The wonderful Hands Off Our Forest (HOOF) campaign to save the Forest of Dean continues. The deadline for submissions to the Government is 31st July but they would like them made by 13th June ahead of the panel's visit to the Forest of Dean. See more on their website: http://www.handsoffourforest.org/
My submission is below - click read more - I am not sure how useful the panel's questions are as they overlap......and goodness knows how they will collate the responses. I am also really concerned that this is another meaningless consultation process where views will be ignored...we'll have to wait and see....I've done this in a rather hurried fashion due to personal circumstances - I would welcome comments and feedback.
Q: What do forests mean to you?
Spiritual, emotional, and physical health of self, community and planet.
Q: What is your vision for the future of England's forests and woods?
Our ancient woods are fully protected and restored. It is astounding that only 15% of ancient woodland is covered by designations to protect them.
New woods are created to provide a complete life support system for people and wildlife. The UK has one of the lowest percentages of woodland cover in Europe.
Our woods remain in public ownership. A YouGov poll finds 84% of British public agree that woods and forests should be kept in public ownership for future generations.
People can reconnect with the natural environment through fruit, nut, game, timber, medical resources, amenity, education, research, health and more.
Q: What do you feel to be the benefits of forests and woods to you: a. personally; b. society as a whole; c. the natural environment; d. the economy?
The benefits of Forests are huge and grossly underestimated to self, society, the natural environment and the economy. See for example the UK National Ecosystem Assessment of the UK’s natural environment in terms of the benefits it provides to society and our continuing economic prosperity. This work strengthens arguments that the government should focus on policies which enhance and protect the countryside. *Although I have to note concerns about this methodology - see here.
Q: Suggestions of practical solutions and good practice.
New protection for ancient woodland. In the last decade the Woodland Trust for example, has fought more than 350 cases involving over 850 ancient woodlands threatened by developments ranging from roads and housing to golf courses, quarries and airports. Such planning policy guidance that exists is now threatened by planning changes. We urgently need stronger protection in planning legislation. For example the Government should not abandon PPS9 and should review permitted development rights. There should be a requirement on planning authorities to report on all planning applications affecting ancient woodland and Trees of Special Interest and the Forestry Commission should be resourced to become a statutory consultee on all planning applications affecting ancient woodland.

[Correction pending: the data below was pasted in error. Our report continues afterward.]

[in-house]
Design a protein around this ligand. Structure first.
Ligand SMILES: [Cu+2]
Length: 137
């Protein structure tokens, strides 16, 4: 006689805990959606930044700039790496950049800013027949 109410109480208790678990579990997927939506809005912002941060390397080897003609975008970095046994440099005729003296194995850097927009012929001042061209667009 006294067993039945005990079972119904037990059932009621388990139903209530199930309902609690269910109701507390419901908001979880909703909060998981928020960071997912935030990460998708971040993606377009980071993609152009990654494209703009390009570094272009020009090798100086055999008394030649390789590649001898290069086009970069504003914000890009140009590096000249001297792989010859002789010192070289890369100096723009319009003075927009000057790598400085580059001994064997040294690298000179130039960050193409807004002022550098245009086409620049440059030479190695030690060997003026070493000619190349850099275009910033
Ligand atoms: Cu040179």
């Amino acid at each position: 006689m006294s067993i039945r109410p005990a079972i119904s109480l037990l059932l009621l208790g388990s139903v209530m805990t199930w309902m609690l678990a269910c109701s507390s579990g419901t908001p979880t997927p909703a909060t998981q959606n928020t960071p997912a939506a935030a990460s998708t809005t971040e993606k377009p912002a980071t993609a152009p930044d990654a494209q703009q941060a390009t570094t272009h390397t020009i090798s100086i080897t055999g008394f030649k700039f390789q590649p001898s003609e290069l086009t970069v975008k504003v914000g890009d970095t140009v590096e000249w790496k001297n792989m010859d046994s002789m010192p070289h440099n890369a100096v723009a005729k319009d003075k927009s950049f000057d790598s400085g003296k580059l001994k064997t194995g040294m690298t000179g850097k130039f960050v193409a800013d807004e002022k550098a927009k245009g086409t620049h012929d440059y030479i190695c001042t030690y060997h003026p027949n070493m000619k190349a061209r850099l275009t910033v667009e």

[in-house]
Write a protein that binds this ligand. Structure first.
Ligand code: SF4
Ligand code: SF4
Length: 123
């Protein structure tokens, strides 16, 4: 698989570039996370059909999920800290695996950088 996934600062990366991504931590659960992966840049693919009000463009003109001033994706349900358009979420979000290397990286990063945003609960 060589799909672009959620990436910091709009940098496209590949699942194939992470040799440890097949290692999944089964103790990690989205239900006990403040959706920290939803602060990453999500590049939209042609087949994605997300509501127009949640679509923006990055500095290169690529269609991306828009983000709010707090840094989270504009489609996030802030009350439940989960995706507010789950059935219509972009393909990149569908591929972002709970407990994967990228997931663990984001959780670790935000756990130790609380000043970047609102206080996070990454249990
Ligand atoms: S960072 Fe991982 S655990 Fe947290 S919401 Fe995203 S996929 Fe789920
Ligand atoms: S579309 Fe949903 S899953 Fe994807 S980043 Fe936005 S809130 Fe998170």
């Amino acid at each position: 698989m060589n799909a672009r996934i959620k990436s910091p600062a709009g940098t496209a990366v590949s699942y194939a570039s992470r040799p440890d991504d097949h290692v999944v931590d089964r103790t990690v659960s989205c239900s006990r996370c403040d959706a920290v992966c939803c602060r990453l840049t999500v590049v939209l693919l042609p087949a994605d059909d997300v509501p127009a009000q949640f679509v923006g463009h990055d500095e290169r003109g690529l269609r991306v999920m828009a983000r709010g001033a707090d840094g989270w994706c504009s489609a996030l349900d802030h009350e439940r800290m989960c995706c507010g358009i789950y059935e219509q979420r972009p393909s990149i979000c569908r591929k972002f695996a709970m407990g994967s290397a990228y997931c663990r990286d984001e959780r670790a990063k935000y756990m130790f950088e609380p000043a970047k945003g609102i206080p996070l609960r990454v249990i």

Confirm commitment to sensitively restore all Planted Ancient Woodland Sites (PAWS) in public ownership (all 35,000ha).
Support to protect and restore private woodlands including PAWS. Grants need to be improved further to help private woodland owners.
Increase tree and woodland cover. A commitment to woodland creation and a target of 15,000ha per annum in the Natural Environment White Paper (it's also astounding planting was 29,000ha in 1989, 17,000ha in 2000 and 5000ha in 2010!!). Funds taken from planning gain (section 106 agreements and new credits system) to create new community woods to ensure every home has a wood within walking distance.
Put tree planting on schools' curriculum to give every child the chance to plant a tree.
Introduce transparent annually reported figure for forest loss.
Increase the fines for illegal felling, adjust the limit for felling licenses to 5m3 pa and prosecute illegal woodland and tree fellers.
Restore funding cuts to the Forestry Commission: the loss of some 25% of staff will have a huge detrimental impact on our woodlands.
A fund could be established to help advise re new community woodlands.
Do not break up management of our Forests. Fragmentation of forest ownership and management will increase costs and carry big risks. The Forestry Commission is big enough to employ specialists and to invest in sophisticated forestry equipment and disease management. It has centralised management of human resources, finance, IT and the like. In short, the Public Forest Estate is so much more than the sum of its parts.
Extend Public Rights of Way. The Government says that public rights of way and access will be unaffected. But the Forest of Dean for example has very few designated Rights ofWay. Instead the Forestry Commission provides permissive access to the Forest. This access has to be managed including appropriate parking facilities, gates, walks, etc. It is hard to imagine how this could be guaranteed under new and different owners. The Ramblers Association are opposed to these plans. Even with the promises for heritage forests the Ramblers say that: “A large question mark hangs over the long term viability of maintaining the levels of access provided by the Forestry Commission by any new charitable body managing such woodlands.”
Q: What do you see as the priorities and challenges for policy about England's forests and woods?
Forests must first be seen as an essential feature of the biosphere. Education is urgently needed. The “environment” in public and planning discourse tends to be thought of as amenity in a leisure sense, or something that conserves wildlife for photography. Urban-based society has lost contact completely with the reality of the biosphere and its climates. This basic vision must be integrated with policy for food security by Defra.
Cllr Philip Booth, Stroud District councillor for Randwick, Whiteshill and Ruscombe ward